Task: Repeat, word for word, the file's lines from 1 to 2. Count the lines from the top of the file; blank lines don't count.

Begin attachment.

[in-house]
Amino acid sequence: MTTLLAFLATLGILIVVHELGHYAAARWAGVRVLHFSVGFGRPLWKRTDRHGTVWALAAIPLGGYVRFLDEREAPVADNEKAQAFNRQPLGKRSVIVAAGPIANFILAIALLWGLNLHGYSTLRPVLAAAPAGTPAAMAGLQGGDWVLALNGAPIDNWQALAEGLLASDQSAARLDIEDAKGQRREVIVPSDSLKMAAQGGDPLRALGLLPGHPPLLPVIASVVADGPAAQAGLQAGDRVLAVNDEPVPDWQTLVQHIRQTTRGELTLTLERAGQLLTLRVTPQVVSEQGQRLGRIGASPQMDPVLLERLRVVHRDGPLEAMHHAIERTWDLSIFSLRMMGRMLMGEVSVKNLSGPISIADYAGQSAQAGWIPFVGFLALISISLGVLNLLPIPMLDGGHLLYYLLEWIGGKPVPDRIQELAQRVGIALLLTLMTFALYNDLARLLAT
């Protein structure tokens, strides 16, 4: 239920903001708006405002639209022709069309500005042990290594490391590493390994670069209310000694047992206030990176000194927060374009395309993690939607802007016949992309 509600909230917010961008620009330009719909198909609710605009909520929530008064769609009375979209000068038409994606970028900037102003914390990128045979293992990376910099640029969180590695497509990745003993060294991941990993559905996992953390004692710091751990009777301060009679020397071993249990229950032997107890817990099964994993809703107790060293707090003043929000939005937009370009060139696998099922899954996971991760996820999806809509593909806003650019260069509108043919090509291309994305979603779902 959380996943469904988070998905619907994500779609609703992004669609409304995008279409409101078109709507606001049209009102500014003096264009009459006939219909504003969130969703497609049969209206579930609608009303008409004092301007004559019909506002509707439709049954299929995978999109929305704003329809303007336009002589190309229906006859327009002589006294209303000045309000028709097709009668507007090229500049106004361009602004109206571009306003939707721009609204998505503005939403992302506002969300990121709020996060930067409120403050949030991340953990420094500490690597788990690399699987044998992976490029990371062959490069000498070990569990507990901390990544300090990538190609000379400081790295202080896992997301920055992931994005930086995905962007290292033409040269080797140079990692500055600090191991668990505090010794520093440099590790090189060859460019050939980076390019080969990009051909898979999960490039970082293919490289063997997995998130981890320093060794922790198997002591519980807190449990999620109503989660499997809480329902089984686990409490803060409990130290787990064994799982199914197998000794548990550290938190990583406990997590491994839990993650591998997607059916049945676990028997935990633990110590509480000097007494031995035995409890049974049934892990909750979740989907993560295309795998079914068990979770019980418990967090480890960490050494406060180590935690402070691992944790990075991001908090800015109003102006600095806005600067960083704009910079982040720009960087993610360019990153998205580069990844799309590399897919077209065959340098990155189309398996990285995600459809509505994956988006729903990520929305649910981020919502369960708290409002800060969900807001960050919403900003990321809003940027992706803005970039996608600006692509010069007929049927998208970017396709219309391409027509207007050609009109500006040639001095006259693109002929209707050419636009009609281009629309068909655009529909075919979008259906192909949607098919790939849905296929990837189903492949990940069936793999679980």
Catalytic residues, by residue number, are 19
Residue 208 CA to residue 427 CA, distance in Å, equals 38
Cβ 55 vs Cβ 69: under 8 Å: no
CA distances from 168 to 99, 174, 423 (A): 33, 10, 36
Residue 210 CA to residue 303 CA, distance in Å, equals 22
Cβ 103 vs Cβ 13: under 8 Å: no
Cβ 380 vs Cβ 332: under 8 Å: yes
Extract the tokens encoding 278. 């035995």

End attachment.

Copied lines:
[in-house]
Amino acid sequence: MTTLLAFLATLGILIVVHELGHYAAARWAGVRVLHFSVGFGRPLWKRTDRHGTVWALAAIPLGGYVRFLDEREAPVADNEKAQAFNRQPLGKRSVIVAAGPIANFILAIALLWGLNLHGYSTLRPVLAAAPAGTPAAMAGLQGGDWVLALNGAPIDNWQALAEGLLASDQSAARLDIEDAKGQRREVIVPSDSLKMAAQGGDPLRALGLLPGHPPLLPVIASVVADGPAAQAGLQAGDRVLAVNDEPVPDWQTLVQHIRQTTRGELTLTLERAGQLLTLRVTPQVVSEQGQRLGRIGASPQMDPVLLERLRVVHRDGPLEAMHHAIERTWDLSIFSLRMMGRMLMGEVSVKNLSGPISIADYAGQSAQAGWIPFVGFLALISISLGVLNLLPIPMLDGGHLLYYLLEWIGGKPVPDRIQELAQRVGIALLLTLMTFALYNDLARLLAT